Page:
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Old 11-30-2011, 01:41 PM
 
32,538 posts, read 29,340,215 times
Reputation: 32238

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Quote:
Originally Posted by Ceece View Post
CC's are interesting in that they attract many different types of people. The ones you are complaining about are the HS kids who don't have a clue what they want to do with life, can't get work that pays much, and can only continue living at home with their parents as long as they are "doing something". Yeah, they aren't interested in school they just don't have many other choices. There is a subset among them of kids who don't belong in college at all, a probably didn't do well in HS either, but since they usually are involved in special programs that pays their costs it's what they do. These are probably the fastest growing group of students and why you notice a decline in quality.


I agree that the ones looking for certification are probably the most serious students. As are the ones trying to save a few $$ by knocking out their GE requirements before transfering to a 4 year. And then there are the adults who need to brush up or just want to better themselves, they are fun. I know, I'm one of them!

For the record, Community is currently my favorite TV show
Great post Ceece.

Advice to the OP: Have you got Armed Forces veterans in your classes? Teach to them! Most of them have a lot of life experience. Many of them are returning to school after tours in Iraq and Afghanistan. They are older. Many have wives and kids and they know what an education will mean. For many a CC education will be all they can get for a variety of reasons.

They're more mature mentally and, if you are a decent teacher, they will respond . (Abut 40% of students who use the GI Bill attend CCs.) Most veterans are VERY serious about their education.

 
Old 11-30-2011, 01:42 PM
 
4,340 posts, read 4,430,352 times
Reputation: 3318
Quote:
Originally Posted by NJBest View Post
I commend you on pulling together and getting on a good track. Many students do not do this. And they have nothing to show for all the time and money they spend.
Getting on the right track? Like I said I got into the current #14 school & the current #38 school. I received 15k in funding from each. Which would have put me 120k in debt upon graduation. (Got into every school I applied to)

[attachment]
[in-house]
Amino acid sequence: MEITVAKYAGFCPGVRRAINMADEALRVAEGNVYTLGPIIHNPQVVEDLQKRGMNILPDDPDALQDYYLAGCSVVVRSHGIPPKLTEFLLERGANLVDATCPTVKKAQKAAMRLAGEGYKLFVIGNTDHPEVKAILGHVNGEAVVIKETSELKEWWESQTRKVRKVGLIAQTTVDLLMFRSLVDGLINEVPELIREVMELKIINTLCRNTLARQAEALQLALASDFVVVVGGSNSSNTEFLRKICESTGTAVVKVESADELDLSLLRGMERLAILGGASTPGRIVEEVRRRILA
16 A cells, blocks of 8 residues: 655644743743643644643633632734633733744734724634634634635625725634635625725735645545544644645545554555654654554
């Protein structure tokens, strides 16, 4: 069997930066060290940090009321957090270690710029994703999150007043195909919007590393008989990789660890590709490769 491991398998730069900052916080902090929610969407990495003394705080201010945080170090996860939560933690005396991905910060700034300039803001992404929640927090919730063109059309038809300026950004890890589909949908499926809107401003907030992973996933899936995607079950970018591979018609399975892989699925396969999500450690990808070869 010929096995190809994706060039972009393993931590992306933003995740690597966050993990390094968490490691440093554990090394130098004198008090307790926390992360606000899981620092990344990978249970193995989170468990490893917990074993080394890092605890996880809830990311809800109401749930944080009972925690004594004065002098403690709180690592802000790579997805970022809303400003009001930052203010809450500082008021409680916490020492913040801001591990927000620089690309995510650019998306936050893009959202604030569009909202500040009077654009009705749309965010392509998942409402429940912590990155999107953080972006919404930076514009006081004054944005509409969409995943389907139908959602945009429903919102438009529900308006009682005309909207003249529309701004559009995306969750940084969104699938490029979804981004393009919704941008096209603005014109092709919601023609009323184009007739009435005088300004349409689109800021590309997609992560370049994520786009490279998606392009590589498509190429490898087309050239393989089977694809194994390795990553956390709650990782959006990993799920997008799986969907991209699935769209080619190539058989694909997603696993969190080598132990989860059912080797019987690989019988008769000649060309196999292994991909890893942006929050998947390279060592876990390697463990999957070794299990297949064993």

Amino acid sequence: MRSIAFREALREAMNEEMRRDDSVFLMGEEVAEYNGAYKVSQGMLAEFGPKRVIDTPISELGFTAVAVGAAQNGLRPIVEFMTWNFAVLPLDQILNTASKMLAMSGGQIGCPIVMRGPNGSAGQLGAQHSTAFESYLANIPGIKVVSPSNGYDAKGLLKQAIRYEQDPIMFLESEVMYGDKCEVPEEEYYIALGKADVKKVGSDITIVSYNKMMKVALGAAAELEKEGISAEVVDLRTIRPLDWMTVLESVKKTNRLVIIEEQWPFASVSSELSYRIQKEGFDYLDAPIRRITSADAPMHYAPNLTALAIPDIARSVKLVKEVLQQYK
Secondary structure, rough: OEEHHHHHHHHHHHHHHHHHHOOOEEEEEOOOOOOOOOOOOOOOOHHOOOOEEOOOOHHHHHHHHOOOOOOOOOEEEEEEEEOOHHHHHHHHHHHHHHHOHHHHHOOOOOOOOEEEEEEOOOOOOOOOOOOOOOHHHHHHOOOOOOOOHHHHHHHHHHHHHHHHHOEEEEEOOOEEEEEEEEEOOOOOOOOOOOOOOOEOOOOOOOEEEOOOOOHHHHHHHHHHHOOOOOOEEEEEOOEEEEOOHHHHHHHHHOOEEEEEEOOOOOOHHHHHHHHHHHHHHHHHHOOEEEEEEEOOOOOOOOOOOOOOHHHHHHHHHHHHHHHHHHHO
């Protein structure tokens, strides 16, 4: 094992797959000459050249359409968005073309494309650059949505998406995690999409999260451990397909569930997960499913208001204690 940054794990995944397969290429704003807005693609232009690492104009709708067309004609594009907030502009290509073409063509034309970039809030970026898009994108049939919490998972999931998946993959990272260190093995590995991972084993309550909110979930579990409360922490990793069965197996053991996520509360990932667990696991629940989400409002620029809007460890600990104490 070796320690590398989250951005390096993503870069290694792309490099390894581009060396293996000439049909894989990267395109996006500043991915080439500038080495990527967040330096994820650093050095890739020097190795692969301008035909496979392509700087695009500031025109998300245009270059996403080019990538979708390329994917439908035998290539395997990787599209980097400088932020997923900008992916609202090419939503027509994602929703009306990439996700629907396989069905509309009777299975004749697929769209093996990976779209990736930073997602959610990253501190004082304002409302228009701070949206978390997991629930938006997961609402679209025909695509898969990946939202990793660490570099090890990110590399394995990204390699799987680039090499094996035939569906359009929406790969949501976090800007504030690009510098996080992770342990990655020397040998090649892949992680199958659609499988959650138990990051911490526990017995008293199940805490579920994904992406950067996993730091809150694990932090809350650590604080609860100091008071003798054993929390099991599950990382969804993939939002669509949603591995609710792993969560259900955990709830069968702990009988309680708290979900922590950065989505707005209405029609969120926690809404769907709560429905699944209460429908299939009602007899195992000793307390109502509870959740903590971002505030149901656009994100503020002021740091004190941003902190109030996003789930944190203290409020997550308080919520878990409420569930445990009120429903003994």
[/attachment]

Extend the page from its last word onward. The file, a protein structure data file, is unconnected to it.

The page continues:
You keep trying to make the point that people at top Uni's are getting funding for academic excellence......which one's are they? When everyone applying to Harvard has a 1400+ SAT and a near perfect HS GPA who gets the funding?

It is almost all need based funding....so I commend you for being in the need based group. My parents had the money, but it is there money, not mine. They said they would pay 10k/year and no more. I made the wise decision. You can knock me all you want, great for you...you go to Princeton.

I lol at getting on the right track. Apparently choosing a non-Ivy to avoid mountains of debt is being on the wrong track.

Quote:
Originally Posted by rock_chalk View Post
AAU membership is the obvious thing to check. Plenty of other institutions can provide an excellent education, but the most consistently recognized make up the AAU membership.
Damn......my crap education is on there.
 
Old 11-30-2011, 01:45 PM
 
1,851 posts, read 2,909,719 times
Reputation: 2346
Quote:
Originally Posted by cyclone8570 View Post
The last time unemployment was this high in the the last 40 years was in 1982 at 10.8%, within one year it dropped to under 8%

We are facing almost 3 years of 9+% unemployment with no end in sight...

So... why do you think this generation has it easier again?
Listen, I'm really not trying to stray from the original poster's subject. He talked about CC students not being "worth a dam!" I merely was pointing out that it isn't entirely their fault. Consider this:

I recently finished a graduate program after being away from school for over 10 years. I can tell you, that plagiarism is so bad, that most universities now scan entire papers because most students don't write their own stuff! I was appalled by the lack of trust that has now invaded our universities. This isn't because school is "harder" or life is "harder," this is because now, students expect an A just for showing up! Now, when they don't receive it, they cheat. And boy is it easy to cheat nowadays.

When was the last time a millennial went to the library? They don't have to...from Wikipedia, Encyclopedias online, Dictionary.com, you name it, and you know what....they still can't spell, or write a cohesive sentence! Every bit of knowledge is at their fingertips, they were BORN into this "new" techno world. They know no different.

Books are now delivered online, references are automatically formatted for you with the right software or online library catalog, and, to make matters even more easier, even applying to school is done online...you can spellcheck and grammar check your work in one sitting, hit mamma or papa up for their debit/credit card, pay the fee, click submit, and bingo - application submitted, just in time to catch Twilight at the movies!

Now let's talk about the dreaded job search...formerly known as "pounding the pavement." Now, you build a profile on multiple sites and the jobs come to you in your mailbox if they fit your profile, or, you interview at school with a campus recruiter and they do all the work from there if you're hired.

Finally, let's talk about social skills...maybe not. It's just too long of a discussion.

My point is, regardless of unemployment being high right now, every generation has their "bad years" "times of darkness," whatever, you had the Great Depression, the oil rations of the 70s, the dot com bust, recessions and surpluses, you name it; but THIS generation has the most tools and access to knowledge than ANY previous one, and yet they still can't get it together...coddling at its best my friend!